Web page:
WASHINGTON: The killing of a journalist has abruptly transformed Saudi Arabia's crown prince from a partner to a liability in the eyes of Washington -- which nonetheless now enjoys more leverage over the ambitious heir apparent.
President Donald Trump had enthusiastically endorsed Crown Prince Mohammed bin Salman's consolidation of power, with the 33-year-old forging a close, chatty relationship with Trump's son-in-law and adviser Jared Kushner.
But amid outrage after Saudi Arabia admitted that US-based journalist and palace critic Jamal Khashoggi was murdered inside the kingdom's Istanbul consulate, the president has sounded betrayed and taken the initial step of restricting visas to Saudis involved in the killing.
Trump, in an interview with The Wall Street Journal, published Wednesday, insulated 82-year-old King Salman from blame but pointedly did not shield the crown prince, known by his initials MBS.
"The crown prince -- he's running things, and so if anybody were going to be in, it would be him," Trump said.
While defending arms sales to Saudi Arabia on business grounds, Trump said: "Don't forget, if it wasn't for us, it could very well be that Saudi Arabia wouldn't last very long."
Martin Indyk, a top Middle East policymaker under former president Bill Clinton, said Trump had in effect tried to subcontract policy in the region to Saudi Arabia and Israel as he lessens US commitments.
But Indyk said Prince Mohammed had instead brought headaches for Washington -- not only Khashoggi's killing but Yemen, where the United States is backing a Saudi-led bombing campaign against Huthi rebels allegedly supported by Riyadh's regional rival Iran.
The United Nations describes Yemen as the world's worst humanitarian crisis, with 14 million people facing famine and about 10,000 people killed.
"Mohammed bin Salman needs Trump -- his very survival depends on Trump working with him," said Indyk, now at the Council on Foreign Relations.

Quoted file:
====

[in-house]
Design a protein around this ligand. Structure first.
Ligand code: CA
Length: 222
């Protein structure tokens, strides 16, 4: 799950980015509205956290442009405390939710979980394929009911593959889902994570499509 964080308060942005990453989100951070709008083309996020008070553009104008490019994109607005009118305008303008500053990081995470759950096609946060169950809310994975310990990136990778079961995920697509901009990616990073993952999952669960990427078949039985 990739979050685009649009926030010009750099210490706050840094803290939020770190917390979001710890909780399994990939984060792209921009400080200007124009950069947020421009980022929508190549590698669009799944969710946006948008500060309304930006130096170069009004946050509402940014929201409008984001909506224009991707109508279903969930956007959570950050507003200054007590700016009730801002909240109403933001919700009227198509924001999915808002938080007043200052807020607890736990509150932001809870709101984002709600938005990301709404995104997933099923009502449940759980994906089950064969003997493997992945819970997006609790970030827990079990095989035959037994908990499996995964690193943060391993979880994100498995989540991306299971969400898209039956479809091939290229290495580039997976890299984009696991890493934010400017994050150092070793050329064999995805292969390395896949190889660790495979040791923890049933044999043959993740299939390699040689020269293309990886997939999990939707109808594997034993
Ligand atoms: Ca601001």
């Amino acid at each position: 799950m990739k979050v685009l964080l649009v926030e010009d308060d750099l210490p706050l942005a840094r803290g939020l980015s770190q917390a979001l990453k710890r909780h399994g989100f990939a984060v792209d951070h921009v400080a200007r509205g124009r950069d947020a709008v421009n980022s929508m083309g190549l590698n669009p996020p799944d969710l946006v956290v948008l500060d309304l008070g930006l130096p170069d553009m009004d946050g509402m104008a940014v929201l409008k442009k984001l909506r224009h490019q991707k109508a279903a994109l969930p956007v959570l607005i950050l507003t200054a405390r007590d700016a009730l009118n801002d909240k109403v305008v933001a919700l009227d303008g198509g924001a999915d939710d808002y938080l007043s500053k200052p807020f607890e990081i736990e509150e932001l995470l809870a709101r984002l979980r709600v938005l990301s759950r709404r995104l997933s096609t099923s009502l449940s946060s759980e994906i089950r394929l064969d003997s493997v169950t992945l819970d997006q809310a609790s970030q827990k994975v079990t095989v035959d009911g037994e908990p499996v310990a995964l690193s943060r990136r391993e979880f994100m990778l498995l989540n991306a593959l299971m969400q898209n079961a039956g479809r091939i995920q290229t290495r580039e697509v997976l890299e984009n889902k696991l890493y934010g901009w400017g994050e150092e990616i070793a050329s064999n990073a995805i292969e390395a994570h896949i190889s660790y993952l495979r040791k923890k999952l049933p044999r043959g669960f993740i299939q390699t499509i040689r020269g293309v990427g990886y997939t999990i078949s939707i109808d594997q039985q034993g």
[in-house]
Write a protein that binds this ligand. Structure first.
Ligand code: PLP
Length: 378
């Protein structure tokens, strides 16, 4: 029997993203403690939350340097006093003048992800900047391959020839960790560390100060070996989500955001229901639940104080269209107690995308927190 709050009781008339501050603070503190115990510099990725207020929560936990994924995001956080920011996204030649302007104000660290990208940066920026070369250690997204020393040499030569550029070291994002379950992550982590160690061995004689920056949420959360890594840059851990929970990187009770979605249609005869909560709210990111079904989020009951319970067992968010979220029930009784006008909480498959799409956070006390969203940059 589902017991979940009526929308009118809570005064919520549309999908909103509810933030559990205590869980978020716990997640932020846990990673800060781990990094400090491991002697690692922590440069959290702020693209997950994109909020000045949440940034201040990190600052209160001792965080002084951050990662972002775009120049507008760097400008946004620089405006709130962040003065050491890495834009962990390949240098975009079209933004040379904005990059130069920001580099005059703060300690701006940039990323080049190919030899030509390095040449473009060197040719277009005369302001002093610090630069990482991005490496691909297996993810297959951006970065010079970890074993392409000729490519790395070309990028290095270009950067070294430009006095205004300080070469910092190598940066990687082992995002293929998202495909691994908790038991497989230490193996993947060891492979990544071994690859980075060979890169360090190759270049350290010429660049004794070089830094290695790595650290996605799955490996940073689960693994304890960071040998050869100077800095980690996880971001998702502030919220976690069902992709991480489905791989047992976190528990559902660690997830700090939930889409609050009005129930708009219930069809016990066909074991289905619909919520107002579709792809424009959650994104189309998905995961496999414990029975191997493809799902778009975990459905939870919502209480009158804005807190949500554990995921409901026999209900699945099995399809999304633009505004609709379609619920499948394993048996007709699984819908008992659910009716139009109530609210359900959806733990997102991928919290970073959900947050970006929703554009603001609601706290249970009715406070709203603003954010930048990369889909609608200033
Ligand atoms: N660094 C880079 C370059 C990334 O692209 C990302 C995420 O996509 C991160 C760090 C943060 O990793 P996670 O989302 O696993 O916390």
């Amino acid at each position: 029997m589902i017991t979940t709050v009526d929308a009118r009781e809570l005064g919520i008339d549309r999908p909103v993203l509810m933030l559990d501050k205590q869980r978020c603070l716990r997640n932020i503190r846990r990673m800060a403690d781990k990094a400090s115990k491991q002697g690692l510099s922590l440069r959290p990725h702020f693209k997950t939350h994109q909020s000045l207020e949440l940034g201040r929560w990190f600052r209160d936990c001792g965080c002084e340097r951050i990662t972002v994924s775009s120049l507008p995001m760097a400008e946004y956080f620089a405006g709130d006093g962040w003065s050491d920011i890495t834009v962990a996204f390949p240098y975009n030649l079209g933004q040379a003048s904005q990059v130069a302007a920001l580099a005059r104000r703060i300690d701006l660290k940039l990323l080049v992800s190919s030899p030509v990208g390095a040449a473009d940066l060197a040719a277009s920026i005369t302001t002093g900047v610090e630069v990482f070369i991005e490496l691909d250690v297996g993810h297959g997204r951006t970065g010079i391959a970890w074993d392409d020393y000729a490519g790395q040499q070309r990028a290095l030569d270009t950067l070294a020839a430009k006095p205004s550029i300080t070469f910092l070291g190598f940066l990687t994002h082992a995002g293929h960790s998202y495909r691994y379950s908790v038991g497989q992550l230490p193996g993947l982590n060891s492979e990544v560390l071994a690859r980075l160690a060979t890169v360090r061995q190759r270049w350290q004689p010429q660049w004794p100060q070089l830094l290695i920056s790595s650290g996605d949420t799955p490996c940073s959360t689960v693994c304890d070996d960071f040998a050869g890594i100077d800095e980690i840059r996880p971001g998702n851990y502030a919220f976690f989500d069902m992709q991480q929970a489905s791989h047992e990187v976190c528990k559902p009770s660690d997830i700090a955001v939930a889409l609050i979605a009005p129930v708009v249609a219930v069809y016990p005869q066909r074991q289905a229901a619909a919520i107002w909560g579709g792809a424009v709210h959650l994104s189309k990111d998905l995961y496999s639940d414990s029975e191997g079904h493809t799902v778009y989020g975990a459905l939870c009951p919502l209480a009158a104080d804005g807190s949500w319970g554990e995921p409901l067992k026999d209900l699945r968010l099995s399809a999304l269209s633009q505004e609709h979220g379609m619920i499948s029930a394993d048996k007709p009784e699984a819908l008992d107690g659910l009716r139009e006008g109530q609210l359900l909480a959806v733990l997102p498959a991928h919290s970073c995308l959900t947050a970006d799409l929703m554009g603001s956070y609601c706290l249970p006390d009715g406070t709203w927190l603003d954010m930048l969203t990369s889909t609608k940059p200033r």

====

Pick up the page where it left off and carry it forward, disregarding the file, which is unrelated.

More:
"So we have the opportunity -- if we decide we're not going to ask the king to remove him discreetly -- to sit down with him and say, listen, we can't go on like this," Indyk said.
"But I don't think Trump has any concept of the need to do that -- let alone how to do that -- and therefore I fear that Mohammed bin Salman will survive but he will continue on the path that only advantages Iran and gets the United States continuously into trouble," he said.
Joseph Bahout, a scholar at the Carnegie Endowment for International Peace, said the crown prince will need to show he is tough at home but will face "constant blackmail" from abroad.
"It will play out, paradoxically, in very divergent directions. If MBS survives this crisis and he stays in power and becomes king, he will be a permanently weakened monarch but very fierce at the same time," Bahout said.
Prince Mohammed may attempt to show he is a solid US ally by taking an even harder line against Iran, enemy number one for the Trump administration, or, in a less likely scenario, by enacting liberal reforms, Bahout said.
But the heir apparent could also need to please Turkey, which has been leaking details about Khashoggi's murder.
Bahout said President Recep Tayyip Erdogan could pressure Saudi Arabia to repair ties with Turkish ally Qatar, which is under an embargo from Gulf Arab states, or to ease pressure on the Muslim Brotherhood, which the kingdom has seen as a threat for its role in Arab Spring protests.
"So he will be subject to a whole range of demands and extortions, in ways that could contradict one another. And he will be in a difficult position," Bahout said.
Gary Grappo, a former US ambassador to Oman and deputy chief of mission in Riyadh, said that Mohammed had solidified power to a level where he is unlikely to be removed -- but that Western powers would be increasingly wary of him after Khashoggi's death.
"The taint of this will be very hard to scrub from the hands of Mohammed bin Salman -- most definitely in the short to medium term and perhaps, let's see, in the long term," said Grappo, a distinguished fellow at the University of Denver.
After decades of Saudi Arabia buying US weapons and enjoying Washington's protection, Grappo doubted that Saudi Arabia could easily switch to another supplier such as Russia or China.
"I think the balance is much more in our favour, which gives the president far more leverage to deal with this matter than he has let on," Grappo said.